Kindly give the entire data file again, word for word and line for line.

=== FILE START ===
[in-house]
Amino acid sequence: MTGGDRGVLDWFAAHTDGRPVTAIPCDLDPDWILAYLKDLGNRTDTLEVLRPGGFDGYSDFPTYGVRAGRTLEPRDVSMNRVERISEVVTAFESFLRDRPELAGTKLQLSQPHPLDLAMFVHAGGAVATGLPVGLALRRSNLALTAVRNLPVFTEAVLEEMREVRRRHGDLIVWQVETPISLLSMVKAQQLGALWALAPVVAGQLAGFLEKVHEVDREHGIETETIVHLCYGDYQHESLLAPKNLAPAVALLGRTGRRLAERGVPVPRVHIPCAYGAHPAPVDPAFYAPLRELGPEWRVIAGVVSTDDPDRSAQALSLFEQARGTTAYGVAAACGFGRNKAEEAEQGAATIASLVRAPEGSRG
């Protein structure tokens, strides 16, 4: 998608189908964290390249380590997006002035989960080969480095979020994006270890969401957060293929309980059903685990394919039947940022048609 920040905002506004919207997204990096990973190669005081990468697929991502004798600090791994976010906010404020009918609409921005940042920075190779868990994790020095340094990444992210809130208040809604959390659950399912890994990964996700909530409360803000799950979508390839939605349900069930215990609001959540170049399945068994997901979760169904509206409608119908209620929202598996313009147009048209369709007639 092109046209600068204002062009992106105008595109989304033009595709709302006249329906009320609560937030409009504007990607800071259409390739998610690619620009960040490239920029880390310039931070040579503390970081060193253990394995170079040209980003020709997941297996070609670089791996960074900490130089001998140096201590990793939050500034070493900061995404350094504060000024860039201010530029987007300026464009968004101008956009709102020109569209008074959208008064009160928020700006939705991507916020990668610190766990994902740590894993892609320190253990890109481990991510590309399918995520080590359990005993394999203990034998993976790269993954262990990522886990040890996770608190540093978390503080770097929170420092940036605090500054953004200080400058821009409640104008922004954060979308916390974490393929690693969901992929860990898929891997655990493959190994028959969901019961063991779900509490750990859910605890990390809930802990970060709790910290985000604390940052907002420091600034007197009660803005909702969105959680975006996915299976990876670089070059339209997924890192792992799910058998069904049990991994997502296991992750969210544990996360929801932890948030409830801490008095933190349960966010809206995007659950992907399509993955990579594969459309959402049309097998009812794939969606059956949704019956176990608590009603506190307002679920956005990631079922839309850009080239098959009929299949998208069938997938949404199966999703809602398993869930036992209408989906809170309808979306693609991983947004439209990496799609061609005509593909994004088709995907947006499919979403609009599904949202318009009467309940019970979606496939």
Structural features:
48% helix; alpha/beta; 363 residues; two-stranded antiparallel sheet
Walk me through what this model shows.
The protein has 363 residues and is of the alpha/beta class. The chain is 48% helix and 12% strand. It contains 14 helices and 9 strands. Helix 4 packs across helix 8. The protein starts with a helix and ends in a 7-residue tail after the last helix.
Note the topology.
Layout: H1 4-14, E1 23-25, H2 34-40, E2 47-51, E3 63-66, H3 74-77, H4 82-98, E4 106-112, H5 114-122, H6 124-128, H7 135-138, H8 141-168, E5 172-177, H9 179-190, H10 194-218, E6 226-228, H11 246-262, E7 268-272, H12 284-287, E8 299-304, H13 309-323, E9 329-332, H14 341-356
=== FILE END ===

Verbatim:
[in-house]
Amino acid sequence: MTGGDRGVLDWFAAHTDGRPVTAIPCDLDPDWILAYLKDLGNRTDTLEVLRPGGFDGYSDFPTYGVRAGRTLEPRDVSMNRVERISEVVTAFESFLRDRPELAGTKLQLSQPHPLDLAMFVHAGGAVATGLPVGLALRRSNLALTAVRNLPVFTEAVLEEMREVRRRHGDLIVWQVETPISLLSMVKAQQLGALWALAPVVAGQLAGFLEKVHEVDREHGIETETIVHLCYGDYQHESLLAPKNLAPAVALLGRTGRRLAERGVPVPRVHIPCAYGAHPAPVDPAFYAPLRELGPEWRVIAGVVSTDDPDRSAQALSLFEQARGTTAYGVAAACGFGRNKAEEAEQGAATIASLVRAPEGSRG
């Protein structure tokens, strides 16, 4: 998608189908964290390249380590997006002035989960080969480095979020994006270890969401957060293929309980059903685990394919039947940022048609 920040905002506004919207997204990096990973190669005081990468697929991502004798600090791994976010906010404020009918609409921005940042920075190779868990994790020095340094990444992210809130208040809604959390659950399912890994990964996700909530409360803000799950979508390839939605349900069930215990609001959540170049399945068994997901979760169904509206409608119908209620929202598996313009147009048209369709007639 092109046209600068204002062009992106105008595109989304033009595709709302006249329906009320609560937030409009504007990607800071259409390739998610690619620009960040490239920029880390310039931070040579503390970081060193253990394995170079040209980003020709997941297996070609670089791996960074900490130089001998140096201590990793939050500034070493900061995404350094504060000024860039201010530029987007300026464009968004101008956009709102020109569209008074959208008064009160928020700006939705991507916020990668610190766990994902740590894993892609320190253990890109481990991510590309399918995520080590359990005993394999203990034998993976790269993954262990990522886990040890996770608190540093978390503080770097929170420092940036605090500054953004200080400058821009409640104008922004954060979308916390974490393929690693969901992929860990898929891997655990493959190994028959969901019961063991779900509490750990859910605890990390809930802990970060709790910290985000604390940052907002420091600034007197009660803005909702969105959680975006996915299976990876670089070059339209997924890192792992799910058998069904049990991994997502296991992750969210544990996360929801932890948030409830801490008095933190349960966010809206995007659950992907399509993955990579594969459309959402049309097998009812794939969606059956949704019956176990608590009603506190307002679920956005990631079922839309850009080239098959009929299949998208069938997938949404199966999703809602398993869930036992209408989906809170309808979306693609991983947004439209990496799609061609005509593909994004088709995907947006499919979403609009599904949202318009009467309940019970979606496939």
Structural features:
48% helix; alpha/beta; 363 residues; two-stranded antiparallel sheet
Walk me through what this model shows.
The protein has 363 residues and is of the alpha/beta class. The chain is 48% helix and 12% strand. It contains 14 helices and 9 strands. Helix 4 packs across helix 8. The protein starts with a helix and ends in a 7-residue tail after the last helix.
Note the topology.
Layout: H1 4-14, E1 23-25, H2 34-40, E2 47-51, E3 63-66, H3 74-77, H4 82-98, E4 106-112, H5 114-122, H6 124-128, H7 135-138, H8 141-168, E5 172-177, H9 179-190, H10 194-218, E6 226-228, H11 246-262, E7 268-272, H12 284-287, E8 299-304, H13 309-323, E9 329-332, H14 341-356